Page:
A statute provided, that, "when any duty is or shall be enjoined by law upon any public officer, or upon any person holding any public trust or employment, every wilful neglect page 5 to perform such duty "should be a misdemeanor, punishable by imprisonment not more than a year, and a fine not exceeding two hundred and fifty dollars. Tweed had been indicted for two hundred and twenty distinct and several neglects under this statute, in one indictment, in as many separate counts, and had been found guilty on two hundred and four of the counts. Upon twelve of the counts the court had sentenced him to twelve successive terms of imprisonment of one year each, together with fines of two hundred and fifty dollars on each, and, on other counts, to additional fines, amounting in all to twelve thousand five hundred dollars. After the expiration of one year's imprisonment, and the payment of one fine of two hundred and fifty dollars, this writ of habeas corpus was brought, on the idea that the sentence upon one count exhausted the jurisdiction of the court, and the sentences on the other counts were void. It was denied, on the part of the People, that habeas corpus was the proper remedy, which, it was said, should have been a writ of error. That question I do not propose to discuss, but the other. The court held that the entire judgment subsequent to that on the first count was void, and the prisoner was entitled to his discharge.

The ground of the decision on this main issue was, that neither in felony nor in misdemeanor is it competent for a court to try a man for two or more separate offences, charged in one indictment, though in separate counts, and inflict on him a punishment greater than the law would permit on one of the counts. The only course to this end, even in the minor misdemeanors, is, it was held, for a separate indictment to be found for each offence, to be followed by a separate trial thereon.

And this course, it was deemed, is invariably essential for the protection of defendants. "The practice," said the learned judge, "of putting a man on trial for distinct offences at the same time is fraught with danger to the accused, and can never be done except at great risk of doing injustice. The law is tender of the rights of those accused of crime, to the extent of securing to them, by every means, a fair and page 6 impartial trial by a jury of the country, and protecting them against a conviction under the forms of law, but without an observance of, and adherence to, all the forms and rules of law calculated to protect the innocent.4 Now, in this case, Tweed was, in law, innocent, and should be deemed so also in morals, until proved guilty. The humane course, therefore, was to find against him two hundred and twenty separate indictments, and permit him to fee counsel, and pay witnesses, and overcome the People's evidence against him two hundred and twenty times. How long a period must be occupied in doing this it is impossible to calculate with certainty, but a very low estimate would be ten years of continuous defence. Meanwhile an extra court-house must be built, and an extra judge commissioned. But this burden would be for the People; Tweed would have burden enough to bear of his own.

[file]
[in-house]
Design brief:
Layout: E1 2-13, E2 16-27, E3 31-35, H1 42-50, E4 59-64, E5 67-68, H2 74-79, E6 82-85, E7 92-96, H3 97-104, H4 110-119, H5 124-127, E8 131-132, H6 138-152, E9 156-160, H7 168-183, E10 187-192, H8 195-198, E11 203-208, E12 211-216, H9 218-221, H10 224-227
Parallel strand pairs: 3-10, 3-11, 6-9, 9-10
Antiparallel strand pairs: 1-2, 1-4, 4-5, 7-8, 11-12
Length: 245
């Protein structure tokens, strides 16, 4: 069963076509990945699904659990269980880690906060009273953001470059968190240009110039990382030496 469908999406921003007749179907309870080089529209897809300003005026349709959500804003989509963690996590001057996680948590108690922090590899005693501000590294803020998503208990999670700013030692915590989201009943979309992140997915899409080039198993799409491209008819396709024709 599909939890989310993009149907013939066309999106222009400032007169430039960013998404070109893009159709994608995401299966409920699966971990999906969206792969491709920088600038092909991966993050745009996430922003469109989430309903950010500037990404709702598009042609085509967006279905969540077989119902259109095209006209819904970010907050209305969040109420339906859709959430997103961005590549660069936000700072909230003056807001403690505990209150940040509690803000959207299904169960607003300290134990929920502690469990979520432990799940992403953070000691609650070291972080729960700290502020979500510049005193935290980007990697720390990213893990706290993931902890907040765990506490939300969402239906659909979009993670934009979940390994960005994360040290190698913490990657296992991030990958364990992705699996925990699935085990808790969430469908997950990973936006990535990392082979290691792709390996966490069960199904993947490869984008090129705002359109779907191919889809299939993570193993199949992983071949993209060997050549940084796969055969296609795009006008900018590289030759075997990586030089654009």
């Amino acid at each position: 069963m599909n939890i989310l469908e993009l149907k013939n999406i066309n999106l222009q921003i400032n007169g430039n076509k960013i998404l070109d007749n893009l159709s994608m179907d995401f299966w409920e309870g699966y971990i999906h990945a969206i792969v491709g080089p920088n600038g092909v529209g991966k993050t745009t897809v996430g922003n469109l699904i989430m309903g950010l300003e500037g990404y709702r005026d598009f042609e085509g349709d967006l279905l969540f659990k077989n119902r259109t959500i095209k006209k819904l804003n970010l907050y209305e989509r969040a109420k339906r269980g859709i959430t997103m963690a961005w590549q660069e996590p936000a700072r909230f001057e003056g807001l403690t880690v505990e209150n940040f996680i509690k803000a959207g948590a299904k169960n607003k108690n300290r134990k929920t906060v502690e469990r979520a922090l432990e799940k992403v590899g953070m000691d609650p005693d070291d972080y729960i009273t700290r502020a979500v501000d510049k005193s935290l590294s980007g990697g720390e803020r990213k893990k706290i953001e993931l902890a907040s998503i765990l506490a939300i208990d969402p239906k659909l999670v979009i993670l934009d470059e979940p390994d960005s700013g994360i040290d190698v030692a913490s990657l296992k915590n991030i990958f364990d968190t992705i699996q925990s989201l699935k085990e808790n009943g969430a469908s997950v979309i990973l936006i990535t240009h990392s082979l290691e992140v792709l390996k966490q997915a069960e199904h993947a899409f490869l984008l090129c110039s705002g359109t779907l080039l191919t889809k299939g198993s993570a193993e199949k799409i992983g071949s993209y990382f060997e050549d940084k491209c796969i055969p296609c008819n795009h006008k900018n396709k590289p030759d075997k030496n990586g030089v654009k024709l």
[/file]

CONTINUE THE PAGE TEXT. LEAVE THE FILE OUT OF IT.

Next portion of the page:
Contrary to this view, the general doctrine prevailing elsewhere is, that the justice of the law forbids the harassing of defendants with multitudes of suits, whether criminal or civil, where the matter can be properly condensed into one. Such a course, even as to civil claims justly due, will in some circumstances subject him who pursues it to indictment at the common law.5 There are limits within which causes of action may be divided and prosecuted in different suits, and limits beyond which the party will not be permitted to go in that direction. Some civil claims are so diverse in their nature that they can be enforced only in separate suits.